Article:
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The ignominious return of the welfare lie

<p>For much of August, Mitt Romney proudly embraced as obvious a lie as has ever been heard in presidential politics.</p>

For much of August, Mitt Romney proudly embraced as obvious a lie as has ever been heard in presidential politics. The Republican insisted -- in speeches, interviews, and ads -- that President Obama had "gutted the work requirement" in welfare law. He was blatantly lying, but didn't care.

Over the last month or so, Romney moved on to different lies, most notably about the auto industry, but in the campaign's closing days, the racially-charged welfare lie has made a comeback.

This unannounced attack ad, running in several key states, makes a series of claims, most of them false, but in making its indictment against the president, the ad argues at the outset that Obama "gutted the work requirement for welfare."

This isn't just another lie; it's presidential politics at its most disgusting.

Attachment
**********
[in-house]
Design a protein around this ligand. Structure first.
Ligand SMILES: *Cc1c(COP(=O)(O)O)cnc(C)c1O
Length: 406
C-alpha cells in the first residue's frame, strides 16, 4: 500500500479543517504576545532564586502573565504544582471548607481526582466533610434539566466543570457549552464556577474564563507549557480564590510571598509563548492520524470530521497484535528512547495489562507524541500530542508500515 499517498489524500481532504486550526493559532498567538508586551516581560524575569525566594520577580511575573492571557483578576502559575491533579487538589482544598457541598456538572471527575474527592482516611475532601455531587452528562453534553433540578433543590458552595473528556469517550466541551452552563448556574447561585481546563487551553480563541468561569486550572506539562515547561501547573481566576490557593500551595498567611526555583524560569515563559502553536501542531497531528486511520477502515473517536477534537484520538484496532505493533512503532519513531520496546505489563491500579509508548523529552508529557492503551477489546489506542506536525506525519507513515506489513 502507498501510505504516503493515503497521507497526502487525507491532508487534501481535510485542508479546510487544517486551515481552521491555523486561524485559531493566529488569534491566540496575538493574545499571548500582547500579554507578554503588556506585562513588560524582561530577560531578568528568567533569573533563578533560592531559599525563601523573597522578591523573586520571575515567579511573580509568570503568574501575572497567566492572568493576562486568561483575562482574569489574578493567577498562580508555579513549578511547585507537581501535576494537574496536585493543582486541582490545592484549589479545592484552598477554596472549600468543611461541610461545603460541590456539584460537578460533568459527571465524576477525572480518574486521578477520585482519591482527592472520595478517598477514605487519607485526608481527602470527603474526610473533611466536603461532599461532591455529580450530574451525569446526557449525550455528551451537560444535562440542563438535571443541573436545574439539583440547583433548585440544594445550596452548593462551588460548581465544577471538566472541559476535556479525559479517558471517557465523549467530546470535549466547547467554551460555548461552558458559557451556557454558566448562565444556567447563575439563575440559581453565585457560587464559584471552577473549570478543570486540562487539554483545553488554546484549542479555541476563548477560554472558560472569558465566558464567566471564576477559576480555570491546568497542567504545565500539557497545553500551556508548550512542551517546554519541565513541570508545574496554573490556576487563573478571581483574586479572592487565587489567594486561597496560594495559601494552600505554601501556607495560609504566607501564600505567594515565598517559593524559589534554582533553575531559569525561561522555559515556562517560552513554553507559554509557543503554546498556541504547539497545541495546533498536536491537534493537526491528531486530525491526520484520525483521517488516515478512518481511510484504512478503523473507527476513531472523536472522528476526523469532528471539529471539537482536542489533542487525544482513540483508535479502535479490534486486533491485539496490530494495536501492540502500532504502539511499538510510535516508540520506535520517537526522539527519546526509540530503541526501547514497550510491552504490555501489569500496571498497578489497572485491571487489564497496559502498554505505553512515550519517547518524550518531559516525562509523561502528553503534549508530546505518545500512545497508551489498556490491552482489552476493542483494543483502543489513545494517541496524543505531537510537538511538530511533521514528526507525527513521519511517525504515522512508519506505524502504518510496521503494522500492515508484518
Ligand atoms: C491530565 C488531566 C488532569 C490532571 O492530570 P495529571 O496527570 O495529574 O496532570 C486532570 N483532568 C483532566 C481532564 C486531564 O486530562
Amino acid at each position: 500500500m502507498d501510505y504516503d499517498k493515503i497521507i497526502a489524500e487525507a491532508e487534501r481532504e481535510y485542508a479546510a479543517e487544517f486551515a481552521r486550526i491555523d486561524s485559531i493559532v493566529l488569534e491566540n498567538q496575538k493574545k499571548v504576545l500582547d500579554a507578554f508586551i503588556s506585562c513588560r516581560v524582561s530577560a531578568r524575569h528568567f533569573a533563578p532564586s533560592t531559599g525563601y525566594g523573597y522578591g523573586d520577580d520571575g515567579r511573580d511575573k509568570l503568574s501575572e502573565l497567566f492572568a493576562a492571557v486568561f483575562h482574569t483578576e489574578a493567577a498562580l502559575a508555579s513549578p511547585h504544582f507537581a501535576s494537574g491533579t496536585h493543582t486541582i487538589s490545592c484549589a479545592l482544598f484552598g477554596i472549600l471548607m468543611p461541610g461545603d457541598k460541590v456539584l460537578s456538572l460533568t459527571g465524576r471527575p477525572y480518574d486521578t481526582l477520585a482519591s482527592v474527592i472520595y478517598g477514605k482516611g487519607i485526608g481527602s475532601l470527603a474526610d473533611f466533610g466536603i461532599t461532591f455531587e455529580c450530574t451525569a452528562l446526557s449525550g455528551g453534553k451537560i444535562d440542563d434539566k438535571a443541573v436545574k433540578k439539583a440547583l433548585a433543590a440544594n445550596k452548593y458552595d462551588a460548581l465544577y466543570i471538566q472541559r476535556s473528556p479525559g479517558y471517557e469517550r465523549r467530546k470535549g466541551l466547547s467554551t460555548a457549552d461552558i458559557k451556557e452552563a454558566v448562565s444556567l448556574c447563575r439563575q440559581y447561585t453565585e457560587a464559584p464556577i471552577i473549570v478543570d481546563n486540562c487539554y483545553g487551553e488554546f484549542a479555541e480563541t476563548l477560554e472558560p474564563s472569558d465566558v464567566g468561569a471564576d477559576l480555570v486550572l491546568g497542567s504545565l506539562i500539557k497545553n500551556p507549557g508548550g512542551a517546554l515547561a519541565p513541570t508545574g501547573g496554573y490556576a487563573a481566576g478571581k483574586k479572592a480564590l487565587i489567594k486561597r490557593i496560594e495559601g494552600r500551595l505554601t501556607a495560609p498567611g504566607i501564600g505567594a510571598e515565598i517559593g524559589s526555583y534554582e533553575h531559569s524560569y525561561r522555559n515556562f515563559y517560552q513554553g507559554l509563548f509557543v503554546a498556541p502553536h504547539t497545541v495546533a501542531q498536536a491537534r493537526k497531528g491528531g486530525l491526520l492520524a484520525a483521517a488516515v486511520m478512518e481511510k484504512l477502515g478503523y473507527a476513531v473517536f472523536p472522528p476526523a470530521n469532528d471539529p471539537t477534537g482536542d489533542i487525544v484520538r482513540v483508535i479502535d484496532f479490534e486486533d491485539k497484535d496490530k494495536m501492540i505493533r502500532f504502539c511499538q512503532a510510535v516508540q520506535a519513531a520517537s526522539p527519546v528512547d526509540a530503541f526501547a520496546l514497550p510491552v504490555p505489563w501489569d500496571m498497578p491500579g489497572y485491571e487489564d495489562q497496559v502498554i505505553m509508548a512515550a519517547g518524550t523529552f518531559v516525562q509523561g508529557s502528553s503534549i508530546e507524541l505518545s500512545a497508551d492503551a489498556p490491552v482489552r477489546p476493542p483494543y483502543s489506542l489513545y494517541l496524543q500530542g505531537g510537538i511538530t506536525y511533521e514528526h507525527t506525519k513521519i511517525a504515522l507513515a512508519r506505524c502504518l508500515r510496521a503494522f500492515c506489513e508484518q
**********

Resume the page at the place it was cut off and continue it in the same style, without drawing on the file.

What's more, Romney isn't relying on misleading technicalities, or hiding in some ambiguous gray area between fact and fiction. This is just a demonstrable, racially-inflammatory lie -- and the candidate knows it.

In case anyone's forgotten, Obama didn't gut the work requirements. As Romney knows, several governors, some of them Republican, asked the Obama administration for some flexibility on the existing welfare law, and the White House said that'd be fine, so long as the work requirement isn't weakened. It's consistent with the policy endorsed by many Republican governors, including Romney himself, just six years ago.

The law remains very much intact. Every independent fact-checker in the country has rejected the lie, as have Bill Clinton and the Republican architect of the 1996 welfare reform law. Romney/Ryan allies can't explain the lie, and Romney/Ryan staffers can't defend the lie.

And yet, Romney keeps repeating it.

We're well past the point at which this is an argument about policy. The question is now whether Mitt Romney has the integrity to hold national office -- or really whether he has any integrity at all.

With this ad, Romney is once again carefully extending his middle finger in reality's face. He doesn't care about getting caught -- his campaign has already said, "[W]e're not going to let our campaign be dictated by fact checkers" -- he just cares about what he can get away with as part of his quest for power.

This is the national political scandal of 2012, whether the political world wants to admit it or not.